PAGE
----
The following night, there was a similar meeting at Killarney secondary school to discuss the future of Champlain Heights Annex. The next night (October 27), it was Macdonald elementary parents’ turn to speak. Tonight (October 28), McBride Annex will be the focus of a public meeting at Sir Charles Tupper secondary school. The fifth school that might close, Queen Alexandra elementary, will be the subject of discussion on Monday (November 1) at Vancouver Technical secondary school.

      The board of education has released a major report explaining how five elementary schools ended up on this short list for possible closure. In each case, two conditions applied: that students could be reasonably accommodated in other local schools; and that they could be provided with access to appropriate educational programs.

      The report highlights the district’s overall enrollment and capacity—51,901 students and 60,343 spaces—suggesting there is surplus room in the system, particularly on the city’s East Side. There are also detailed breakdowns of enrollment, operating costs, supplemental programs, heritage status, seismic upgrading, and catchment information for the schools facing possible closure. In addition, the report mentions each school’s assessed value, as well as neighbourhood zoning information.

      At the public meeting concerning Carleton’s future, Vancouver-Kingsway NDP MLA Adrian Dix questioned some of this data, claiming that the school board had misstated the school’s catchment area. He also contended that the board had not taken into account a major development of 800 homes planned for the corner of Kingsway and Boundary Road, which would supply more kids to Carleton in the future.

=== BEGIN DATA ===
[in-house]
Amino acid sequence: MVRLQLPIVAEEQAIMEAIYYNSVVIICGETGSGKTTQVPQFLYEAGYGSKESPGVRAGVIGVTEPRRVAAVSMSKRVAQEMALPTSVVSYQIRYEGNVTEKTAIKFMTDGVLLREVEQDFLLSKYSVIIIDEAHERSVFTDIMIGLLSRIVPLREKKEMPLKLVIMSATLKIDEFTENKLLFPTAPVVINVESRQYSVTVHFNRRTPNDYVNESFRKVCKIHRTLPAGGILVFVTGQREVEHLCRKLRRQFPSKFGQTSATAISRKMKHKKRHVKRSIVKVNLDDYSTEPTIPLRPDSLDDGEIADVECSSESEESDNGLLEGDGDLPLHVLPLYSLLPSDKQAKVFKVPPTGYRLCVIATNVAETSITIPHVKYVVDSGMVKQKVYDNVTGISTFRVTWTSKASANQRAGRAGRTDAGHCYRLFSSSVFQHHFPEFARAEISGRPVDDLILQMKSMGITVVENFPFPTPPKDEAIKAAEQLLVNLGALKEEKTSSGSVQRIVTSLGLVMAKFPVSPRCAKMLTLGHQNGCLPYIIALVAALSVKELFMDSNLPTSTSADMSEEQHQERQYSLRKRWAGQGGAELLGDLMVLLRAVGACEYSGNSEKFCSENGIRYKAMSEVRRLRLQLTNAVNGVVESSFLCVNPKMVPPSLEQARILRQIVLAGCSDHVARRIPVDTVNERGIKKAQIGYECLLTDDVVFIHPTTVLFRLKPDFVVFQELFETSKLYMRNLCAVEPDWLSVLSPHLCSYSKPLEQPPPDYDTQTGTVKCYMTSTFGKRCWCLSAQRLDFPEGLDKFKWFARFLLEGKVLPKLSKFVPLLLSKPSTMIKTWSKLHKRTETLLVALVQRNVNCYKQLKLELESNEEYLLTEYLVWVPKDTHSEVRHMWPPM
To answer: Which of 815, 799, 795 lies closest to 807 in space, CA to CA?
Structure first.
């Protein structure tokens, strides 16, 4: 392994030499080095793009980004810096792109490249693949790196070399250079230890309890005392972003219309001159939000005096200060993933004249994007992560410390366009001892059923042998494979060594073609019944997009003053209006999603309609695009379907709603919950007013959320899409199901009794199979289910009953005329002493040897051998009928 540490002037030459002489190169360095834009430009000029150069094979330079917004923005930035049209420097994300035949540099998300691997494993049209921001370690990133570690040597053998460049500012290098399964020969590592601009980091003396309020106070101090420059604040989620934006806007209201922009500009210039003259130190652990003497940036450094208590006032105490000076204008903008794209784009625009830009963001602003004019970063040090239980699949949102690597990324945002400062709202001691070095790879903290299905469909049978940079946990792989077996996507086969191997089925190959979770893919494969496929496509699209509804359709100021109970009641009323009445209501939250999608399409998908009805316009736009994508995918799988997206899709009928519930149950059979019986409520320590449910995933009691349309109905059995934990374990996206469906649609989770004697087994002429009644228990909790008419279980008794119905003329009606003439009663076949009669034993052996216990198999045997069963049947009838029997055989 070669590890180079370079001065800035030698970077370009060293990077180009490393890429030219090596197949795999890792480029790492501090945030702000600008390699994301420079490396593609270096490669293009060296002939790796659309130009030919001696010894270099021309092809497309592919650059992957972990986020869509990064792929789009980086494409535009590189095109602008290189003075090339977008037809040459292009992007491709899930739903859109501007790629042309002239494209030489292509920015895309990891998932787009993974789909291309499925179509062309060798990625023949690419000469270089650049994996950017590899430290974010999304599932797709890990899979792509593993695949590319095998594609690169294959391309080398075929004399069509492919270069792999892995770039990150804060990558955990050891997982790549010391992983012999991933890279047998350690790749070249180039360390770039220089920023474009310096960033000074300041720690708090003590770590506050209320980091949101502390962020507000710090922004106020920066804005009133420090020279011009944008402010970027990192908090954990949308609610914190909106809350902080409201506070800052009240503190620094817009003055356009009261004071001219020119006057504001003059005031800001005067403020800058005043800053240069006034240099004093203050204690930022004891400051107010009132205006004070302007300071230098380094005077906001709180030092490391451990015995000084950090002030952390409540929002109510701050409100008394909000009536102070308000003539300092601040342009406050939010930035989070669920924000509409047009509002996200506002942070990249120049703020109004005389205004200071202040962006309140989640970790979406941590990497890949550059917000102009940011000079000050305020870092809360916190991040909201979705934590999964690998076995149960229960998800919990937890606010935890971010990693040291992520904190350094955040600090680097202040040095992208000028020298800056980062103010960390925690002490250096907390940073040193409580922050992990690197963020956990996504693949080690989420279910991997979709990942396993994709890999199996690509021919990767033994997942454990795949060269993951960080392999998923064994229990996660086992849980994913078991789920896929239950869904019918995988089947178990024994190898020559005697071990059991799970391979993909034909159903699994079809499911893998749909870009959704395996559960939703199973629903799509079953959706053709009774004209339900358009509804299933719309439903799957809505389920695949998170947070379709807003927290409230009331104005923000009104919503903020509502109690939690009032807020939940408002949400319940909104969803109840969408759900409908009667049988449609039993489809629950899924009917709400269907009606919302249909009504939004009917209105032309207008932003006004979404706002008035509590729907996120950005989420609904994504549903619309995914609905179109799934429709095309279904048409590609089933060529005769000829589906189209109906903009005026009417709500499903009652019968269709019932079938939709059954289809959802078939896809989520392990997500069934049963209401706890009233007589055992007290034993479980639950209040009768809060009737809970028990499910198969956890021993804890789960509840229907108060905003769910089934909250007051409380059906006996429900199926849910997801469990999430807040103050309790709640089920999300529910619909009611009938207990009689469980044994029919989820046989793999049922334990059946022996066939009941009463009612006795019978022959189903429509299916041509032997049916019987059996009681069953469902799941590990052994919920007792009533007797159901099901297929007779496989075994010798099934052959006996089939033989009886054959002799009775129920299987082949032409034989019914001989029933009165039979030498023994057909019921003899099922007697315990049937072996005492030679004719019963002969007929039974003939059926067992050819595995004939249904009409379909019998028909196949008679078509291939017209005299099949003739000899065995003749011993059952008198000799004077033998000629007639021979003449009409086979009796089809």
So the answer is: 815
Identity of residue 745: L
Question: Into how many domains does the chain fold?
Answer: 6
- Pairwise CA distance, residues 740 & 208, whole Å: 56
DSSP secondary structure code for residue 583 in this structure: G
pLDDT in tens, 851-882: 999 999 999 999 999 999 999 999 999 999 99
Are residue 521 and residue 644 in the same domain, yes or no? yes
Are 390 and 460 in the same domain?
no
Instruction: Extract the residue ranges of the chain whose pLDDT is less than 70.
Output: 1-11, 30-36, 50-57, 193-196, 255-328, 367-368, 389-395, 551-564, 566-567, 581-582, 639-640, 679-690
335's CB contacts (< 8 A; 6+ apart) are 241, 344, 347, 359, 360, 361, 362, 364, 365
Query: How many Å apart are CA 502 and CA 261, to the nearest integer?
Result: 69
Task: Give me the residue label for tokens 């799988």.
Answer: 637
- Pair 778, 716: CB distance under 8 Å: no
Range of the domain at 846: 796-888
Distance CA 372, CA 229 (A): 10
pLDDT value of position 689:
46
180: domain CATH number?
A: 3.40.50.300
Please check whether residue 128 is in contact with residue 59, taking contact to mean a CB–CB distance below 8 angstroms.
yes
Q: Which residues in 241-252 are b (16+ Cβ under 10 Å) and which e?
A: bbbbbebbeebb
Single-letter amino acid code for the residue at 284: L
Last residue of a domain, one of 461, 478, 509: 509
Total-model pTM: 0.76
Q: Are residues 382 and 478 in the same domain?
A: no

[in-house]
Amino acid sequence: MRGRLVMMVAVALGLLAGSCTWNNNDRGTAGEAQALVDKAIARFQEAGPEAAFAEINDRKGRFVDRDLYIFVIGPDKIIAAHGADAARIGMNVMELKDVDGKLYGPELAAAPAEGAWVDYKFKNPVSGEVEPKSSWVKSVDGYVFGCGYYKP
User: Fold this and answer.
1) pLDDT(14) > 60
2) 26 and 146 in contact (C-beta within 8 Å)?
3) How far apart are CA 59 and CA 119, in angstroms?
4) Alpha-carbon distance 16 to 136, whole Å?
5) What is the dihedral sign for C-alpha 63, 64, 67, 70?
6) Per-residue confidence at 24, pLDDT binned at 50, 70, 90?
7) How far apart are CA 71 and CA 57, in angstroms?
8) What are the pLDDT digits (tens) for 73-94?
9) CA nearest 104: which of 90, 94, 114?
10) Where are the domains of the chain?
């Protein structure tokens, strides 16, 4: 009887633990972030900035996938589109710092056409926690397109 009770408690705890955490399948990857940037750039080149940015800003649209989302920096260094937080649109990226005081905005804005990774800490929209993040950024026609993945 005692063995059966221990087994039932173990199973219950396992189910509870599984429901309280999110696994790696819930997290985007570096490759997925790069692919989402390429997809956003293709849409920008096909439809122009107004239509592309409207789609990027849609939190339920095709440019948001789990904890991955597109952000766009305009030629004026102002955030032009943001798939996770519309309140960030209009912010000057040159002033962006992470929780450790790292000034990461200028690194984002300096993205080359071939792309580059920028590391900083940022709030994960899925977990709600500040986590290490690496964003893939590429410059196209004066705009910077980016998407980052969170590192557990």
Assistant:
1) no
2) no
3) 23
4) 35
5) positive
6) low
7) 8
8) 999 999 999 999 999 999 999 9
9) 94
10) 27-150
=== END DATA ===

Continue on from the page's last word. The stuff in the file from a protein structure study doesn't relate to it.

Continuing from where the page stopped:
The board of education often emphasizes that it faces a shortfall of $9.6 million next year and another $5.7 million in 2012-13. The projected net annual savings from closing all five schools would only amount to $1.45 million, according to the board’s report. “They are puny savings,” Dix told the Straight. “We’re spending $600 million on a roof of a football stadium.”

      NPA trustee Ken Denike explained to the Straight by phone that the board’s financial shortfall shouldn’t be attributed to surplus spaces in East Side elementary schools. He said the district is seeking provincial funding to build new schools where the school-age population is growing, such as downtown, UBC, and southeast Vancouver. “They [provincial officials] have made it quite clear in the past that if you want government capital funding in the areas where we need them, then you should be closing the schools in areas where you don’t need them,” Denike said. “That does make some sense.”